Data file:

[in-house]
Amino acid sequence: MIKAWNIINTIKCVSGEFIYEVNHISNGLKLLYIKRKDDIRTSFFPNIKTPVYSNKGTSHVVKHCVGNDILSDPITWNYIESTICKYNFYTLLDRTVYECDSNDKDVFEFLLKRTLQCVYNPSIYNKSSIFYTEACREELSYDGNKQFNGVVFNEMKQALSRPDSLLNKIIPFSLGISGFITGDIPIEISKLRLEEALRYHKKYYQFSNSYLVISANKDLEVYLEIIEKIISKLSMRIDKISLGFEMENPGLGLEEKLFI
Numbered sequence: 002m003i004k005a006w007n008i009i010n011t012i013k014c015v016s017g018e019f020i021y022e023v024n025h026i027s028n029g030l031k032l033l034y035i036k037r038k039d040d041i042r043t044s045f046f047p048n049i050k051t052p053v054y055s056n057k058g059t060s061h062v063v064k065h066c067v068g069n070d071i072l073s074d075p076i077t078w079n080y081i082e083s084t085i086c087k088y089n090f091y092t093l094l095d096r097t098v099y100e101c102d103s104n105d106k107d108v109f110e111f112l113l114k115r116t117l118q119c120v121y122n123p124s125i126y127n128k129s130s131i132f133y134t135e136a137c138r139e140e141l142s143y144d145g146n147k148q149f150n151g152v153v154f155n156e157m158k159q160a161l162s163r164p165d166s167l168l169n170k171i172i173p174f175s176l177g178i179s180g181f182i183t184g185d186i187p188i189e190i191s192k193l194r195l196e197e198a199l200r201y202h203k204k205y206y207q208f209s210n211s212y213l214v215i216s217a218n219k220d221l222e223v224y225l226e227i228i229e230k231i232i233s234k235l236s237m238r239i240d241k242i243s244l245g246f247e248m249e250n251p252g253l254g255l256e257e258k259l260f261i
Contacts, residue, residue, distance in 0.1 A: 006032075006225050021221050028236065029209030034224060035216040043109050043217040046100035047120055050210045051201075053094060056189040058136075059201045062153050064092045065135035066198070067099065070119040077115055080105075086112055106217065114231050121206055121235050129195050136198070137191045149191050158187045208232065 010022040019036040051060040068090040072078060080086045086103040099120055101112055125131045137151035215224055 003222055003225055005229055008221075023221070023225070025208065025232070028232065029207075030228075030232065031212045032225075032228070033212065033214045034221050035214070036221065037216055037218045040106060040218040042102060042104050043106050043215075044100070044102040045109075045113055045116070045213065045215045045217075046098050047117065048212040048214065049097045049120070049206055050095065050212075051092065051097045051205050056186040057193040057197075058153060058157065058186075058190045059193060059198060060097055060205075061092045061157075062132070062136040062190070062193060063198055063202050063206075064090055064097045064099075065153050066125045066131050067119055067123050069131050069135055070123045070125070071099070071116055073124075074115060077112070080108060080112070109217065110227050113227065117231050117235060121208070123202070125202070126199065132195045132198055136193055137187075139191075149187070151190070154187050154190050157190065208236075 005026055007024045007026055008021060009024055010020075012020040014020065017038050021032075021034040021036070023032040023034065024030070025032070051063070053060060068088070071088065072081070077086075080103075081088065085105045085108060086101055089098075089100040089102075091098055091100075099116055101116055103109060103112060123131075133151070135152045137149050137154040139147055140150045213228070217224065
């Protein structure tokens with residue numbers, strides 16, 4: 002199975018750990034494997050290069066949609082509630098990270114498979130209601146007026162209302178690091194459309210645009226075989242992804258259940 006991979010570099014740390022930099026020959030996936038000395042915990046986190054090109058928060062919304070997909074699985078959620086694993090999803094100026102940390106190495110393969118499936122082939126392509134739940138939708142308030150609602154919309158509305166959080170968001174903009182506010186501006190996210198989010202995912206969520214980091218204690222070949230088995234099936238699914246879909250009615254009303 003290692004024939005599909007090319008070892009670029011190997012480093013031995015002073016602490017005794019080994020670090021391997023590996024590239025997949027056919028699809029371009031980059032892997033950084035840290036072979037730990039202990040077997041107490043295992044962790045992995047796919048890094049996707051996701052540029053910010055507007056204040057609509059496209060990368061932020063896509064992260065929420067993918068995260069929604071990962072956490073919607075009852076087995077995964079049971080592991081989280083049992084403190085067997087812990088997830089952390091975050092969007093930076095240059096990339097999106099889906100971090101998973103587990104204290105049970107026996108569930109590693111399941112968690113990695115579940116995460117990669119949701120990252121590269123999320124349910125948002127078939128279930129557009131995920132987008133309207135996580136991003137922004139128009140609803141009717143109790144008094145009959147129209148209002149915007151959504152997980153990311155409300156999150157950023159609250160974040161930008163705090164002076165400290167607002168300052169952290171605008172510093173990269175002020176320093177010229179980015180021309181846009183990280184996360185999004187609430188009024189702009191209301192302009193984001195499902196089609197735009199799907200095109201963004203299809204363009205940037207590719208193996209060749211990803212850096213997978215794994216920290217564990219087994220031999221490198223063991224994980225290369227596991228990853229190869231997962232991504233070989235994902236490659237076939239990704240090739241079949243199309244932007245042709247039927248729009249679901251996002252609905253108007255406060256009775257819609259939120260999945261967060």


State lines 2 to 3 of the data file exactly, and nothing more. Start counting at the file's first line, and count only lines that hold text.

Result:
Amino acid sequence: MIKAWNIINTIKCVSGEFIYEVNHISNGLKLLYIKRKDDIRTSFFPNIKTPVYSNKGTSHVVKHCVGNDILSDPITWNYIESTICKYNFYTLLDRTVYECDSNDKDVFEFLLKRTLQCVYNPSIYNKSSIFYTEACREELSYDGNKQFNGVVFNEMKQALSRPDSLLNKIIPFSLGISGFITGDIPIEISKLRLEEALRYHKKYYQFSNSYLVISANKDLEVYLEIIEKIISKLSMRIDKISLGFEMENPGLGLEEKLFI
Numbered sequence: 002m003i004k005a006w007n008i009i010n011t012i013k014c015v016s017g018e019f020i021y022e023v024n025h026i027s028n029g030l031k032l033l034y035i036k037r038k039d040d041i042r043t044s045f046f047p048n049i050k051t052p053v054y055s056n057k058g059t060s061h062v063v064k065h066c067v068g069n070d071i072l073s074d075p076i077t078w079n080y081i082e083s084t085i086c087k088y089n090f091y092t093l094l095d096r097t098v099y100e101c102d103s104n105d106k107d108v109f110e111f112l113l114k115r116t117l118q119c120v121y122n123p124s125i126y127n128k129s130s131i132f133y134t135e136a137c138r139e140e141l142s143y144d145g146n147k148q149f150n151g152v153v154f155n156e157m158k159q160a161l162s163r164p165d166s167l168l169n170k171i172i173p174f175s176l177g178i179s180g181f182i183t184g185d186i187p188i189e190i191s192k193l194r195l196e197e198a199l200r201y202h203k204k205y206y207q208f209s210n211s212y213l214v215i216s217a218n219k220d221l222e223v224y225l226e227i228i229e230k231i232i233s234k235l236s237m238r239i240d241k242i243s244l245g246f247e248m249e250n251p252g253l254g255l256e257e258k259l260f261i